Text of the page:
This is Le Pain Quotidien at St Pancras Station where we stopped for breakfast before committing ourselves to the care of Eurostar.
This photo by Tigger shows the view from where we are sitting in the Eurostar departure lounge waiting for our train to be announced.
To reach this point, we had to pass the ticket barriers then pack everything – baggage, hats, coats, cameras, etc – onto trays to pass through the X-ray machines and, finally, show our passports to both UK and French passport control. You are advised to allow 45 minutes for these processes but in fact they took a lot less.
As the title suggests, we are off to Brussels today, returning on Sunday evening. This will be something of a sentimental journey as the next time we make this journey, if we do, it will no longer be as members of the European Union that has done so much for this country economically, culturally and in terms of civil rights.
The mean-spirited, jingoistic attitude that always lurks like a dark ghost in the British psyche has, with the encouragement of mendacious self-seeking politicians, once more gained the upper hand in the UK. We will have a long and painful road to travel before happier times restore us to our rightful European heritage.
Brussels in one of my favourite cities and I am looking forward to exploring its treasures once again, albeit briefly.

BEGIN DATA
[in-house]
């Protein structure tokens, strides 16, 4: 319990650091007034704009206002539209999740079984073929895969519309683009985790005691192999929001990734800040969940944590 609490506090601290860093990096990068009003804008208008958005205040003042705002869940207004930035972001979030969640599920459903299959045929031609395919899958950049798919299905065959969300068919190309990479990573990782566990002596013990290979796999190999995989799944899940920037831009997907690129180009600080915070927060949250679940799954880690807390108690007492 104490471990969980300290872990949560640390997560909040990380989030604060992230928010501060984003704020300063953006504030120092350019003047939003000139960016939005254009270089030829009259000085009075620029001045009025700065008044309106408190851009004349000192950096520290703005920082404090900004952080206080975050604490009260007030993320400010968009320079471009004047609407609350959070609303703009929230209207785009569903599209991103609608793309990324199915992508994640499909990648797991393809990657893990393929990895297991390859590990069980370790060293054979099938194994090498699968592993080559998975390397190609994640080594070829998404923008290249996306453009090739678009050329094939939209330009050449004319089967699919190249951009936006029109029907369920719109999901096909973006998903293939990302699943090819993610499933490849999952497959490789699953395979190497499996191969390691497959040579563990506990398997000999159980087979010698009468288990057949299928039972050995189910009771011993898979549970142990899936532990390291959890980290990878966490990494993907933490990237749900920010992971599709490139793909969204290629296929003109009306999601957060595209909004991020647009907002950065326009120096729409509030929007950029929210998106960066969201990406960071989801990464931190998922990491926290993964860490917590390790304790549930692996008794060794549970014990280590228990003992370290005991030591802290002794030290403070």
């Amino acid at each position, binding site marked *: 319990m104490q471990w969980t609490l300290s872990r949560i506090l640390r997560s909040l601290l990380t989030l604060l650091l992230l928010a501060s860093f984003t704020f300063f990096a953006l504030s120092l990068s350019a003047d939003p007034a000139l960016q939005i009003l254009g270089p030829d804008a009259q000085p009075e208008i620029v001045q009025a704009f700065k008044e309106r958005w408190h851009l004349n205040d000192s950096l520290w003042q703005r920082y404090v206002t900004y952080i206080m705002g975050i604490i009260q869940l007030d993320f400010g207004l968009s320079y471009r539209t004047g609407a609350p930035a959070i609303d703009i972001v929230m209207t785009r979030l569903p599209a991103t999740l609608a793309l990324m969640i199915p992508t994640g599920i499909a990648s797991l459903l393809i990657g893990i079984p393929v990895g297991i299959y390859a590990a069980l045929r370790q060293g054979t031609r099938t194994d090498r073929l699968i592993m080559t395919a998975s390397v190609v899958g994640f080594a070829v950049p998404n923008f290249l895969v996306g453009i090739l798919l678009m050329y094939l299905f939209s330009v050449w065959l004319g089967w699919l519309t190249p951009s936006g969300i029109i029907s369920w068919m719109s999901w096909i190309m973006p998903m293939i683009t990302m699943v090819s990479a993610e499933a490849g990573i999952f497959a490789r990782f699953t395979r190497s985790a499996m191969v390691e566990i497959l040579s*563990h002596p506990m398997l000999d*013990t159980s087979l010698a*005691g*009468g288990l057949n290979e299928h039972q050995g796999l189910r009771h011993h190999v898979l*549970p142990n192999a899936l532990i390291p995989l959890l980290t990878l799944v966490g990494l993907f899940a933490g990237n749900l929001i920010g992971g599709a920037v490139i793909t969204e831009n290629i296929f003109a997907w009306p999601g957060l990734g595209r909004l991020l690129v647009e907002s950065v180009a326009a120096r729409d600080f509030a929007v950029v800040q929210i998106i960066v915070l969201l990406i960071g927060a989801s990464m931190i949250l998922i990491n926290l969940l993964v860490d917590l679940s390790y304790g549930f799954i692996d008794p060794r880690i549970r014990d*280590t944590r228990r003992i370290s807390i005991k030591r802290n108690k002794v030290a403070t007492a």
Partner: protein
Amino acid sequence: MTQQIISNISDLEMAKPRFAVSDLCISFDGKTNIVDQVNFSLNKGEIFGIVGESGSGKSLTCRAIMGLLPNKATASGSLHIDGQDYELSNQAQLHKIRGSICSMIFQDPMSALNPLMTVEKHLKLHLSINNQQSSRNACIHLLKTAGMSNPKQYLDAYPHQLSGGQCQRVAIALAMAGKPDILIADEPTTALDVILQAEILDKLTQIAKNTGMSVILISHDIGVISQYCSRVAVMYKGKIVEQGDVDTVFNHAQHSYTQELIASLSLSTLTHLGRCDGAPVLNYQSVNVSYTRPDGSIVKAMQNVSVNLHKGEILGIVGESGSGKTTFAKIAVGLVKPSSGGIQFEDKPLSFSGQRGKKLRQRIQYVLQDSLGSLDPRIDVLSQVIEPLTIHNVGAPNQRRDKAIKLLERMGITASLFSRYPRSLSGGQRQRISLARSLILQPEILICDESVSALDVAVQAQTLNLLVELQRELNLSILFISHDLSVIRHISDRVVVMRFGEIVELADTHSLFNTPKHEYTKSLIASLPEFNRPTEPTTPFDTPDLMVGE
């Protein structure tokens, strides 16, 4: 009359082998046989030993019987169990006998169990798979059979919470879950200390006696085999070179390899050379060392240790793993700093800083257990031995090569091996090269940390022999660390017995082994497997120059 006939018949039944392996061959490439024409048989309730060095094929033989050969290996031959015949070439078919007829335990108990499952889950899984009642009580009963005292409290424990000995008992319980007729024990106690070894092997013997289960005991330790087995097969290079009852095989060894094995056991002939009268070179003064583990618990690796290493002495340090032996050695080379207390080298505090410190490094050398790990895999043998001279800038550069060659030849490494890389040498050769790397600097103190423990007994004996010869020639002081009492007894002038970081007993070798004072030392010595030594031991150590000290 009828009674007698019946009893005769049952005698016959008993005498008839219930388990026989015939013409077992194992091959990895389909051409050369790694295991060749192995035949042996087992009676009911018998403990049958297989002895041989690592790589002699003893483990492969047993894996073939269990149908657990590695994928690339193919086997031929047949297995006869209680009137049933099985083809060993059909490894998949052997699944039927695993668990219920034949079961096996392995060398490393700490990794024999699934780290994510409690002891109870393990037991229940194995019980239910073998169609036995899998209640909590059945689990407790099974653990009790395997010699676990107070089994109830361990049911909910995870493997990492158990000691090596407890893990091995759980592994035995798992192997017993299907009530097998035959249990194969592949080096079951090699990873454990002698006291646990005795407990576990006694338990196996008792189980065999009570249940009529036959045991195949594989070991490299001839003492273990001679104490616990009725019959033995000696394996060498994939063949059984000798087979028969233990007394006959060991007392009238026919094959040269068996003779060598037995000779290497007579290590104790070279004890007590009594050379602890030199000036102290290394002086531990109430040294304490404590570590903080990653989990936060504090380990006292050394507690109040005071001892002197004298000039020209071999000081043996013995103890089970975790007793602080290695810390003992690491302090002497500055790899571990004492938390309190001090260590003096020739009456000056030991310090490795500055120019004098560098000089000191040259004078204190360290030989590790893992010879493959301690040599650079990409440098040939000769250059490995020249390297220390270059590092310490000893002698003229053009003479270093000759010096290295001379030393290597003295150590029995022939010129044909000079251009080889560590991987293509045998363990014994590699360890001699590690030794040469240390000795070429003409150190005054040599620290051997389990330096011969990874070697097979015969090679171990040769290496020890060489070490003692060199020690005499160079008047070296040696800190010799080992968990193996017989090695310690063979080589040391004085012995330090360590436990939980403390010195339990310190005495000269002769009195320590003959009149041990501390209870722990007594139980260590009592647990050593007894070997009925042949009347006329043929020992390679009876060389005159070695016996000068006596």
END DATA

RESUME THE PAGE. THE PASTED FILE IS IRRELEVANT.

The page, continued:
At 12:08 our train pulled into Bruxelles Midi station. We went out by the back way into a road we knew from before.
This is not a very prepossessing photo of Brussels. It was a first quick grab and better ones will follow, I hope.
The above mentioned street behind the station is lined with restaurants. We chose the Europa as we had been there before.
We could have sat outside but the temperature here is higher than in London (24 deg C vs 19) and the sun is warm, so we went inside.
We usually drink Lipton Ice Tea in Belgium but it wasn’t on the menu in this restaurant so we tried this alternative called Fuzetea. (Photo by Tigger.) It’s similar but I prefer Lipton.
From the restaurant we walked to the apartment where we will be staying until Sunday.
Here we are “at home”, resting before going out again to start enjoying being in Belgium.
When I step off the train, by reflex I snap into “French mode” but then I have to adjust. Here in Brussels it is not like being in France, despite the language. It is more relaxed and friendly somehow. Later, when we visit another town, outside the Brussels region, it will be interesting to see whether it feels the same or becomes more “French”.
Brussels lies entirely within the Flemish-speaking region of Belgium, Flanders. Originally, it was itself Flemish-speaking like the rest of the region. Since the 19th century, however, it has gradually evolved into a French-speaking city. As it is the capital of Belgium, it is technically bi-lingual but the majority now speak French. Brussels and the surrounding area, called the Brussels Capital Region, forms part of the Fédération Wallonie-Bruxelles, also known as the Francophone Community. (Wallonia is the southern, French-speaking region of Belgium.)
Administratively, there are three regions, the Flemish Region in the north, the Walloon Region in the south and the Brussels Capital Region. Linguistically, there are three communities, the Flemish-speaking, French-speaking and the German-speaking communities, respectively. English is spoken widely and competently and is increasingly used in business and advertising, perhaps to avoid drafting all signs and slogans into three languages.